Let's get one thing straight: Park Square Theatre's "Oliver Twist" is not to be confused with "Oliver!," Lionel Bart's happy, bouncy 1960 musical. But while this version may not leave its audiences humming catchy tunes, it's a richly textured and blackly funny piece of work that thoroughly conjures Dickens' original.
Chock-full of theatrical flourishes, inventive staging, songs and a dizzying array of characters, this adaptation by Neil Bartlett, artistic director of Great Britain's Lyric Hammersmith Theatre, is marked more than anything by its sheer exuberance. Director and scenic designer Joel Sass has created a moldering, dilapidated box of a set that easily transforms itself into a workhouse, a bridge, a thieves' den or a luxurious home through a few simple props, gestures and sound effects. Similarly the ensemble of 13 actors slips in and out of a multitude of roles to recreate the various characters of Dickens' episodic novel.
After an opening scene in which the ensemble pointedly gathers around a book, the action quickly jumps to Oliver's birth, his mother's death and the famous scene in which the hungry child asks for more. The story of Oliver's journey through the lowest echelons of criminal society, his rescue, abduction and final redemption is relayed through a combination of narration and action, against a backdrop of penny-dreadful style melodrama, exaggerated sentimentality and sinister foreboding that aptly conveys the tone of Dickens' work.
Sass has assembled an outstanding cast, and they offer a uniformly dazzling display of versatility in their dozens of roles. Stephen Cartmell is particularly notable in his double duty as an acerbic narrator and a glibly appealing Artful Dodger. Eric Gravez lends a deeply sinister note as Bill Sikes, while Hope Cervantes' Nancy reveals genuine decency beneath her pragmatic exterior. Noah Coon gives an assured performance in the title role, displaying an Oliver who is more determined survivor than hapless victim.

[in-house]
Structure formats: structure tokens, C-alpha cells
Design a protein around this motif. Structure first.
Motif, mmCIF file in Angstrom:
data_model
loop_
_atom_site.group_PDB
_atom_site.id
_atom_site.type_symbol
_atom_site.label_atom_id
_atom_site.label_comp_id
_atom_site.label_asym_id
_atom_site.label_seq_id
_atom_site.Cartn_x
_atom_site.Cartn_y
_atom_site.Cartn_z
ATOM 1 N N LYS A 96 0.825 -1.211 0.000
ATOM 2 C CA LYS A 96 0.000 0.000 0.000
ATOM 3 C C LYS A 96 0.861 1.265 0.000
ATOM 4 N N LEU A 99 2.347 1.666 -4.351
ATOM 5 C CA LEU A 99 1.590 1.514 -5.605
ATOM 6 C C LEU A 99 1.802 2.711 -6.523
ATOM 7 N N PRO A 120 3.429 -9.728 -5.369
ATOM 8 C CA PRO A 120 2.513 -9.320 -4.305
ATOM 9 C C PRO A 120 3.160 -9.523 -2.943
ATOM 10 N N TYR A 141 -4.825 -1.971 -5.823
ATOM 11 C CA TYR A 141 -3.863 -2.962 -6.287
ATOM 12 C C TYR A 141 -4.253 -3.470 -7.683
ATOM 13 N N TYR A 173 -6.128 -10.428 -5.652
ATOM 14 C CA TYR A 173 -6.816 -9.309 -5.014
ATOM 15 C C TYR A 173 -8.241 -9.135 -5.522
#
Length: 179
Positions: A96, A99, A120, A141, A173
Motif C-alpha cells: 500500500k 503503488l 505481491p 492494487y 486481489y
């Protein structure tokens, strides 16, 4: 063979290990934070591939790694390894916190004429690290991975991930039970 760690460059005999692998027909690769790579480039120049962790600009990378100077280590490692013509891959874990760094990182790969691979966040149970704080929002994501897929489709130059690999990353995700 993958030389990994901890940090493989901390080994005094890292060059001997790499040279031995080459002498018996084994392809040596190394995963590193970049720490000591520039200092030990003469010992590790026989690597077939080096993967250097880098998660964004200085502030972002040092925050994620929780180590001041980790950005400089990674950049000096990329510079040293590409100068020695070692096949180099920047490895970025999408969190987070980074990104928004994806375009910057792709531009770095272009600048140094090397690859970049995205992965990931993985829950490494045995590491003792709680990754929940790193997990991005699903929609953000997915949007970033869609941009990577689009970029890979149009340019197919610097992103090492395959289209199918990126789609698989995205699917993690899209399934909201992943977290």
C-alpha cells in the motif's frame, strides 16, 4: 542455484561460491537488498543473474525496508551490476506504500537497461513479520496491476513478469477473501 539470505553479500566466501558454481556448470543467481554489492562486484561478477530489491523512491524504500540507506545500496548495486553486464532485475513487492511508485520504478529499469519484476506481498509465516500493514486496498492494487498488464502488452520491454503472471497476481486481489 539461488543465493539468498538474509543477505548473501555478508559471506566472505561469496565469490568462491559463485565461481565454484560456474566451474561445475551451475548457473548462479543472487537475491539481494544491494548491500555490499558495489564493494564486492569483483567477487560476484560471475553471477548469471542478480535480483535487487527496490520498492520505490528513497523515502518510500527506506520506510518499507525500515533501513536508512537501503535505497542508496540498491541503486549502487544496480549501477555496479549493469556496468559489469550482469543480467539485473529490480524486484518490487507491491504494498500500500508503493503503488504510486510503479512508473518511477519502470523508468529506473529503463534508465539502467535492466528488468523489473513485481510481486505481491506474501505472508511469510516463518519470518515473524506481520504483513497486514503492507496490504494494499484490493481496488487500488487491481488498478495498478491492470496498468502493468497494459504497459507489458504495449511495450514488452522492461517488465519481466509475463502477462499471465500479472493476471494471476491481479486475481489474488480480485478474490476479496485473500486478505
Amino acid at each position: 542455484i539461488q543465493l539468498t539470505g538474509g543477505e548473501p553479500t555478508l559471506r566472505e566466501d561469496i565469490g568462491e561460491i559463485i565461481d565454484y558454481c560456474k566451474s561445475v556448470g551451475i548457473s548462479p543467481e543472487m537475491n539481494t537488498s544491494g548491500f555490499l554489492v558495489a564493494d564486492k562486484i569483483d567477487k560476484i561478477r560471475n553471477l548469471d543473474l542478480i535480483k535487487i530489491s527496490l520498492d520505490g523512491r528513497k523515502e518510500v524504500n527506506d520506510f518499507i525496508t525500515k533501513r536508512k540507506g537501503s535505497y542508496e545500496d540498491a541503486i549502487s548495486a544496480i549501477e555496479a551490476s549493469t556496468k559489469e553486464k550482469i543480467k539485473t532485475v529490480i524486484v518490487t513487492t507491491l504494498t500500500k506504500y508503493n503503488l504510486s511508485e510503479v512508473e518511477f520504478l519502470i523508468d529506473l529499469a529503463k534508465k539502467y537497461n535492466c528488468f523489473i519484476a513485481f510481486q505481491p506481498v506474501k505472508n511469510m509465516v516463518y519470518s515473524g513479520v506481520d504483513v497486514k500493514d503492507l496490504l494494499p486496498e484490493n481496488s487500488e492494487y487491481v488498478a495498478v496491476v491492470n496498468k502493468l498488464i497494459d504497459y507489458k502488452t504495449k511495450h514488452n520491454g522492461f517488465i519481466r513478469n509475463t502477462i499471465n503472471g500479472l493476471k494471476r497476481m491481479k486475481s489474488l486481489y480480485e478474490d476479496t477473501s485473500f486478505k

The standout performance, however, is Steve Hendrickson's Fagin. From his initial wily machinations as he seduces Oliver into his criminal network to a final scene in which he has been reduced to a gibbering wreck of raving desperation, Hendrickson creates a layered portrait of avarice and depravity that is utterly chilling.
Throughout, Sass infuses this "Oliver Twist" with a conscious theatricality, rollicking comedy and an almost percussive energy that are enormously appealing. Indeed, the deliberate flaunting of stage devices -- the creaking curtain, the rigging used to hang Bill Sikes, the reeling off of place names to signify a journey -- is uniquely suited to translating the work of an author who himself delighted in employing devices. It's a stunning production that does Dickens proud.